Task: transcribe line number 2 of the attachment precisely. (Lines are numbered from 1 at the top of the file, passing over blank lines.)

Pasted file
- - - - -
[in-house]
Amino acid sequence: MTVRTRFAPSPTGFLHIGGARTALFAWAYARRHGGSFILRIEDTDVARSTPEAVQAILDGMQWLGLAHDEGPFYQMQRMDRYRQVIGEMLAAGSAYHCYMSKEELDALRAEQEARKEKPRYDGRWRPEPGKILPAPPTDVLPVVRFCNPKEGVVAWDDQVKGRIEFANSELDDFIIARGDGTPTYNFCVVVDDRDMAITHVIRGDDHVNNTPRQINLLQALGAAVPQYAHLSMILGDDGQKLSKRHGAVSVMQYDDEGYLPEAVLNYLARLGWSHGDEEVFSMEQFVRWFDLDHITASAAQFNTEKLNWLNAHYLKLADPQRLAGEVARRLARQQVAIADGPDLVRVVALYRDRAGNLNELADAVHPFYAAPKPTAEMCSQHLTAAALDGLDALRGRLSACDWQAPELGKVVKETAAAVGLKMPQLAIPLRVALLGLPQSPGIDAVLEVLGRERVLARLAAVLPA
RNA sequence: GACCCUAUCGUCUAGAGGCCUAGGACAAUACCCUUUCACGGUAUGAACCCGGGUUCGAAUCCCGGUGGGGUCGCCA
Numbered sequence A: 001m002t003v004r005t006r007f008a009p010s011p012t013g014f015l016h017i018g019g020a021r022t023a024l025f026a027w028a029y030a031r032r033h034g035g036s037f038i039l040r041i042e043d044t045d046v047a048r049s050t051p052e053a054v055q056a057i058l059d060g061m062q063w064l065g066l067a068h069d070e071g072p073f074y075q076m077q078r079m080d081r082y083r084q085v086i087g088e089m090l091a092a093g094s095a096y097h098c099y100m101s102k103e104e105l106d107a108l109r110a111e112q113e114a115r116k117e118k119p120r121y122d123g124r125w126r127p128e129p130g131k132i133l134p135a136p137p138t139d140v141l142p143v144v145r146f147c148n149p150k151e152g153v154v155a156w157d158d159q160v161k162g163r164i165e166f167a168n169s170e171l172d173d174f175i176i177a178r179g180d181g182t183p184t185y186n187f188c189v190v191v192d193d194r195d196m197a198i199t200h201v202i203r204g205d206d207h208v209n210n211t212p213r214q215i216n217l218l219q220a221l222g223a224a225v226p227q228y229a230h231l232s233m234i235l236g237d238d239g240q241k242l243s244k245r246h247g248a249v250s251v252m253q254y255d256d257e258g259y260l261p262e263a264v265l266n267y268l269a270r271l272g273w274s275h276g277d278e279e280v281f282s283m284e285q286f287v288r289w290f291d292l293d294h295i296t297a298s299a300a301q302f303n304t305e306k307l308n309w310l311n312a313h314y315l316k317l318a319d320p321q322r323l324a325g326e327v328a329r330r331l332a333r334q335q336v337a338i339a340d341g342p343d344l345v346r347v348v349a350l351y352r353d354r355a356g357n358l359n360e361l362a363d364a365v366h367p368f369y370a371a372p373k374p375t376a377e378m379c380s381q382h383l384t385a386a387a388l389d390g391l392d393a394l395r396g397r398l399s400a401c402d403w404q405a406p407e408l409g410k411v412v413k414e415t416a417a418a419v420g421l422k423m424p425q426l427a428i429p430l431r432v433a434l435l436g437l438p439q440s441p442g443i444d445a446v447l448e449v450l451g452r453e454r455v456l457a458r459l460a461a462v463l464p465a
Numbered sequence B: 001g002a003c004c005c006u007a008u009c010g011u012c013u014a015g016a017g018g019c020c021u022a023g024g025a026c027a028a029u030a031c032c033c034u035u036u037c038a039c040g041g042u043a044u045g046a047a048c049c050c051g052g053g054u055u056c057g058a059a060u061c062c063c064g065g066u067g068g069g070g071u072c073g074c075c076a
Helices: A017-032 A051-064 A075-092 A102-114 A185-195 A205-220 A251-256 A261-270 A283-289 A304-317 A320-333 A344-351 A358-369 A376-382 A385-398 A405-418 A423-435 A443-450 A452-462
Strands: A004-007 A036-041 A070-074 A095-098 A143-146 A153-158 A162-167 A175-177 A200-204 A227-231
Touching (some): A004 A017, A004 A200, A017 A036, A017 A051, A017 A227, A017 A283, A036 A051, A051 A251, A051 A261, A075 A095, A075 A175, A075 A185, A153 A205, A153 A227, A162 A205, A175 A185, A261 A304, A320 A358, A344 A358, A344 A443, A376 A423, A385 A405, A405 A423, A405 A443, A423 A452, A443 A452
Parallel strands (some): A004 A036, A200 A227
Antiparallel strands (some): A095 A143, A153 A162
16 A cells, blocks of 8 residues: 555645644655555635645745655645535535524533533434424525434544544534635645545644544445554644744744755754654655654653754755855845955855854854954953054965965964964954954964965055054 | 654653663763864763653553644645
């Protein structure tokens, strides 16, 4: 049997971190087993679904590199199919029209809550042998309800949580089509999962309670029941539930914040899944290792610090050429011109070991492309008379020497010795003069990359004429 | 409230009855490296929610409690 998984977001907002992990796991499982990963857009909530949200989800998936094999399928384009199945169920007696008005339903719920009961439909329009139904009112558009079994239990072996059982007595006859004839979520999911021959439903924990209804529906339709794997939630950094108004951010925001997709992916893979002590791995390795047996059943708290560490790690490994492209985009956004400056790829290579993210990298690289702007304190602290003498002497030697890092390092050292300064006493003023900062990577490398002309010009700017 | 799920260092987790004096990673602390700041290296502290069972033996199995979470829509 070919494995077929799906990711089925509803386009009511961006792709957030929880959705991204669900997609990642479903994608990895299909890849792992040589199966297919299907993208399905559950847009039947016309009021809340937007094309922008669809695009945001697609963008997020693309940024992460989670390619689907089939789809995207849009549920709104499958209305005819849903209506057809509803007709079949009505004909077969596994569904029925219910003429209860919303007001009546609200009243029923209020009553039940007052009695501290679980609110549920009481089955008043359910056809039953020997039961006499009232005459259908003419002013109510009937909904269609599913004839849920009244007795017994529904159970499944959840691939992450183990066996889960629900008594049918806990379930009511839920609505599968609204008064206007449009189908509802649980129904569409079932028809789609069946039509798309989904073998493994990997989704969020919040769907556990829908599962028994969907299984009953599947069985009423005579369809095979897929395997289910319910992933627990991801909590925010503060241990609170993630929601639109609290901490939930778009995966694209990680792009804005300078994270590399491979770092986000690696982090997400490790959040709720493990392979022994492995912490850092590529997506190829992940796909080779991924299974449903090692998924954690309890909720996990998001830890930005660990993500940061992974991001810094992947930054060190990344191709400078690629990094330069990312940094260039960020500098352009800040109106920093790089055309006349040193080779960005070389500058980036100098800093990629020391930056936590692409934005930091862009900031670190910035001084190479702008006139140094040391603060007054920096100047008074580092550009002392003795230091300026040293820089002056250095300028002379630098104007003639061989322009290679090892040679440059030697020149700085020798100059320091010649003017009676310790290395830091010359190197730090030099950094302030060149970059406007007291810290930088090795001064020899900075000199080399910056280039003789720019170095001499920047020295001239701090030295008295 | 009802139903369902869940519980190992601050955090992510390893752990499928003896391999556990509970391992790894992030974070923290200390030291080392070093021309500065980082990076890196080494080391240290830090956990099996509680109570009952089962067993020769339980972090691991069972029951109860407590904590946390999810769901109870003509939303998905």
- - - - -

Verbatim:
Amino acid sequence: MTVRTRFAPSPTGFLHIGGARTALFAWAYARRHGGSFILRIEDTDVARSTPEAVQAILDGMQWLGLAHDEGPFYQMQRMDRYRQVIGEMLAAGSAYHCYMSKEELDALRAEQEARKEKPRYDGRWRPEPGKILPAPPTDVLPVVRFCNPKEGVVAWDDQVKGRIEFANSELDDFIIARGDGTPTYNFCVVVDDRDMAITHVIRGDDHVNNTPRQINLLQALGAAVPQYAHLSMILGDDGQKLSKRHGAVSVMQYDDEGYLPEAVLNYLARLGWSHGDEEVFSMEQFVRWFDLDHITASAAQFNTEKLNWLNAHYLKLADPQRLAGEVARRLARQQVAIADGPDLVRVVALYRDRAGNLNELADAVHPFYAAPKPTAEMCSQHLTAAALDGLDALRGRLSACDWQAPELGKVVKETAAAVGLKMPQLAIPLRVALLGLPQSPGIDAVLEVLGRERVLARLAAVLPA